4-H leader recognized for hard work

Posted: Sunday, April 04, 2004

A common perception of 4-H clubs is that they're all about livestock, so you must own or buy a steer, sow, goat or another animal to join.

Not so, says 4-H leader Shirley Schollenberg and she should know.

Schollenberg, a Ninilchik-area resident, is in her 24th year volunteering with the Trail Blazers 4-H club, which she helped found and which is based at the state fairgrounds in Ninilchik.

Schollenberg's dedication and hard work recently earned her the honor of the 4-H Salute to Excellence award for lifetime achievement.

Although she is primarily a horse person and the Trail Blazers is primarily a horse club, members learn more than good horse-care practices and riding skills and many of them don't own a horse.

"We're a horse club, but in the winter we don't do a lot with horses, so we branched out to do a lot of other things," Schollenberg said.

Those other things include projects in cooking, sewing, shooting sports, crafts and even small animal husbandry with rabbits, guinea pigs and hamsters.

Crafts were on the agenda of the club's meeting last Wednesday afternoon.

As part of 4-H's emphasis on public speaking, members give demonstrations of skills they've learned. First-year club member Sarah Cobb and Misty Knox demonstrated how to make fake flowers from real fur.

The "flowers" are made by wrapping and gluing short strips of wolf, coyote, rabbit or sheered and plucked beaver fur around the top of a green wire "stem," complete with fake leaves.

Sarah and Misty's younger sisters, Mattie and Ester, assisted with the demonstration dressed in flowered aprons they'd made for another 4-H project. The pair chanted "keep the fur up" in chorus at preplanned cues several times during the presentation to emphasize the importance of keeping the fur to the outside while wrapping a flower.

Schollenberg is a big fan of the presentations. She was self-conscious as a kid and hopes the speaking practice will give her 4-H'ers a head start on developing confidence in public.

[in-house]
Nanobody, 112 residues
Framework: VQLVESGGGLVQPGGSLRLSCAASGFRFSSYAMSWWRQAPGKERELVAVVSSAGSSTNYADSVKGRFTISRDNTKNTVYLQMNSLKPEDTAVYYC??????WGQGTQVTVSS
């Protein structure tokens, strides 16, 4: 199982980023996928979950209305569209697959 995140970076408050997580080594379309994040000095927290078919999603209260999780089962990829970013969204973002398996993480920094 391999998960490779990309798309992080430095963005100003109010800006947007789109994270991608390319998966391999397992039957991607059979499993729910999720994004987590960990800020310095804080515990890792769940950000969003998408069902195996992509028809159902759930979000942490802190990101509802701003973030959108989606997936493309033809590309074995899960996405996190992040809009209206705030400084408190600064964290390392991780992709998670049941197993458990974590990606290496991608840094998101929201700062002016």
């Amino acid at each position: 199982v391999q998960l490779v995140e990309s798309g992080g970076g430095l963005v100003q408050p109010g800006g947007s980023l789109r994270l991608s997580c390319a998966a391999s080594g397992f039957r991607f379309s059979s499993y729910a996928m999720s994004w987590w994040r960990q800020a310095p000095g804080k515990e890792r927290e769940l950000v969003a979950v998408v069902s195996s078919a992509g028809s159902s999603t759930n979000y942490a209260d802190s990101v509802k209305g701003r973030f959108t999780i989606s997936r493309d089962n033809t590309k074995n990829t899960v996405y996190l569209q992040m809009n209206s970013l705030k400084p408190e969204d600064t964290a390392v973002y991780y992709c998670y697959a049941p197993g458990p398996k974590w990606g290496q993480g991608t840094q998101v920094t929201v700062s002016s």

"I was a real shy guy growing up. When I was thrown into a public situation it was real scary," she said. "I don't want these kids to go through that."

 

Trail Blazer 4-H club members horse around after a meeting last Wednesday. The club has sponsored a summer horse camp at the state fairgrounds in Ninilchik for 22 years.

Photo by Mark Harrison

The biggest event of the year for the Trail Blazers is the horse camp the club has sponsored at the state fairgrounds in Ninilchik for 22 consecutive summers.

Horse camp is actually two camps one for beginning and one for advanced riders. Junior 4-H leaders organize the beginners camp and teach kids the basics from how to properly saddle and bridle a horse to how not to fall off. Schollenberg and a few friends with longtime horse experience teach the advanced riders.

It was Schollenberg's interest in sharing her horse knowledge with others that got her involved in 4-H to begin with 24 years ago. Growing up, she didn't have access to a program like 4-H to learn horse handling and other skills. As an adult, she wants to make sure kids in her area have the opportunity to learn skills in a supportive atmosphere that she missed out on.